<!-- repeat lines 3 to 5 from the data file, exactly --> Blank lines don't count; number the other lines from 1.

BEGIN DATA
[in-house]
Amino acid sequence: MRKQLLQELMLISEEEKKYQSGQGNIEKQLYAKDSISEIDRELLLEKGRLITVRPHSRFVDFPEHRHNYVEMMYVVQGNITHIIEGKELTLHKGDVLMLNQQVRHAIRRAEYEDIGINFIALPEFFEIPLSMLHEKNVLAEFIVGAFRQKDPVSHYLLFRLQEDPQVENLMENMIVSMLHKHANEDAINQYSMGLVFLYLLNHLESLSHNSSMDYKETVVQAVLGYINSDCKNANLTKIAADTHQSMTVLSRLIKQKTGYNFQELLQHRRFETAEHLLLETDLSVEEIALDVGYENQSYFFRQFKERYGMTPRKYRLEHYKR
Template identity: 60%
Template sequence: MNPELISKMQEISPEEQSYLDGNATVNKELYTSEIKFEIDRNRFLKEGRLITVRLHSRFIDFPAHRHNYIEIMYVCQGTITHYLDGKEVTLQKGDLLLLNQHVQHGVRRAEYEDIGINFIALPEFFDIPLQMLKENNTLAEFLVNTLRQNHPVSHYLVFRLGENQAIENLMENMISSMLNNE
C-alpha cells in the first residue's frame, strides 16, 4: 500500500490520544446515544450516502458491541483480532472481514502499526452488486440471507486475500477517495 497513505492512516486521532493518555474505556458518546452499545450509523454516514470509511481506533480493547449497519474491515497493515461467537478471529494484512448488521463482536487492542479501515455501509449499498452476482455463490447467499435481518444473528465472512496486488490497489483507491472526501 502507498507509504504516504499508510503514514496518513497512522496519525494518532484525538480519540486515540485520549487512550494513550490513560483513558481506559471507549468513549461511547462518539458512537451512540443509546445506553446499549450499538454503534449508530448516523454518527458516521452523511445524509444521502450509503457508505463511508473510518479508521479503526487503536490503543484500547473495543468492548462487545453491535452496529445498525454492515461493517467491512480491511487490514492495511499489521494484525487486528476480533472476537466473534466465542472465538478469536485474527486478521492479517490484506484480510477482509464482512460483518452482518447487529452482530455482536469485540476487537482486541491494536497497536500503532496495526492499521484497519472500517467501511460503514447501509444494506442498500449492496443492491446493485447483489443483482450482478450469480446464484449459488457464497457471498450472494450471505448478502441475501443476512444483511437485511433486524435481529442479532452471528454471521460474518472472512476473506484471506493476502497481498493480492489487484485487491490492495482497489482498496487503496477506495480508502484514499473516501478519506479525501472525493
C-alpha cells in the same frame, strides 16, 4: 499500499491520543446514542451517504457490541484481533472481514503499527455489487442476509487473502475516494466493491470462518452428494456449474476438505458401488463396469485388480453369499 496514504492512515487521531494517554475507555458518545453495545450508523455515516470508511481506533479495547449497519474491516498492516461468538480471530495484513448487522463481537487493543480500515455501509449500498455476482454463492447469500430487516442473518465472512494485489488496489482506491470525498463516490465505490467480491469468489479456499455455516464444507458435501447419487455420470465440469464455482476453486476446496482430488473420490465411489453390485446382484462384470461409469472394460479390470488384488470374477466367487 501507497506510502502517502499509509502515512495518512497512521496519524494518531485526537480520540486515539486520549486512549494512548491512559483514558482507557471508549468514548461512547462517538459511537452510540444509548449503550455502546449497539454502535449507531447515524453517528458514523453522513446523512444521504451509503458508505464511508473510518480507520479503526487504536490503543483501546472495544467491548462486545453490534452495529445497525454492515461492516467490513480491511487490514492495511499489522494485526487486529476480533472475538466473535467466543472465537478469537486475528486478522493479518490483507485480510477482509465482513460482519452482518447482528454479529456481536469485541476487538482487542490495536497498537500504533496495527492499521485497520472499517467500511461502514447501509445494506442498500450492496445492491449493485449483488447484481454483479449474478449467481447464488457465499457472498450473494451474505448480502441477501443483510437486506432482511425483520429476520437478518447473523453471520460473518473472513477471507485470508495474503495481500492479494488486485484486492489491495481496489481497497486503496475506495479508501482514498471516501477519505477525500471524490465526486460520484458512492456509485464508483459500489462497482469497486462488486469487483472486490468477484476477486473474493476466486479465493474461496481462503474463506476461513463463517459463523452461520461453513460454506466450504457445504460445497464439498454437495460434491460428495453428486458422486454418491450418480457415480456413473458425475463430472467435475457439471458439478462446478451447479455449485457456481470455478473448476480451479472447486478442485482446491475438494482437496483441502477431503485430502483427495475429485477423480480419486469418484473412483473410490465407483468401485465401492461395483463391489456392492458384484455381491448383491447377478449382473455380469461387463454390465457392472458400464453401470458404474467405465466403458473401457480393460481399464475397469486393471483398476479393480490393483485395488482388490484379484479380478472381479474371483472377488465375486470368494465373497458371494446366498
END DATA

Template identity: 60%
Template sequence: MNPELISKMQEISPEEQSYLDGNATVNKELYTSEIKFEIDRNRFLKEGRLITVRLHSRFIDFPAHRHNYIEIMYVCQGTITHYLDGKEVTLQKGDLLLLNQHVQHGVRRAEYEDIGINFIALPEFFDIPLQMLKENNTLAEFLVNTLRQNHPVSHYLVFRLGENQAIENLMENMISSMLNNE
C-alpha cells in the first residue's frame, strides 16, 4: 500500500490520544446515544450516502458491541483480532472481514502499526452488486440471507486475500477517495 497513505492512516486521532493518555474505556458518546452499545450509523454516514470509511481506533480493547449497519474491515497493515461467537478471529494484512448488521463482536487492542479501515455501509449499498452476482455463490447467499435481518444473528465472512496486488490497489483507491472526501 502507498507509504504516504499508510503514514496518513497512522496519525494518532484525538480519540486515540485520549487512550494513550490513560483513558481506559471507549468513549461511547462518539458512537451512540443509546445506553446499549450499538454503534449508530448516523454518527458516521452523511445524509444521502450509503457508505463511508473510518479508521479503526487503536490503543484500547473495543468492548462487545453491535452496529445498525454492515461493517467491512480491511487490514492495511499489521494484525487486528476480533472476537466473534466465542472465538478469536485474527486478521492479517490484506484480510477482509464482512460483518452482518447487529452482530455482536469485540476487537482486541491494536497497536500503532496495526492499521484497519472500517467501511460503514447501509444494506442498500449492496443492491446493485447483489443483482450482478450469480446464484449459488457464497457471498450472494450471505448478502441475501443476512444483511437485511433486524435481529442479532452471528454471521460474518472472512476473506484471506493476502497481498493480492489487484485487491490492495482497489482498496487503496477506495480508502484514499473516501478519506479525501472525493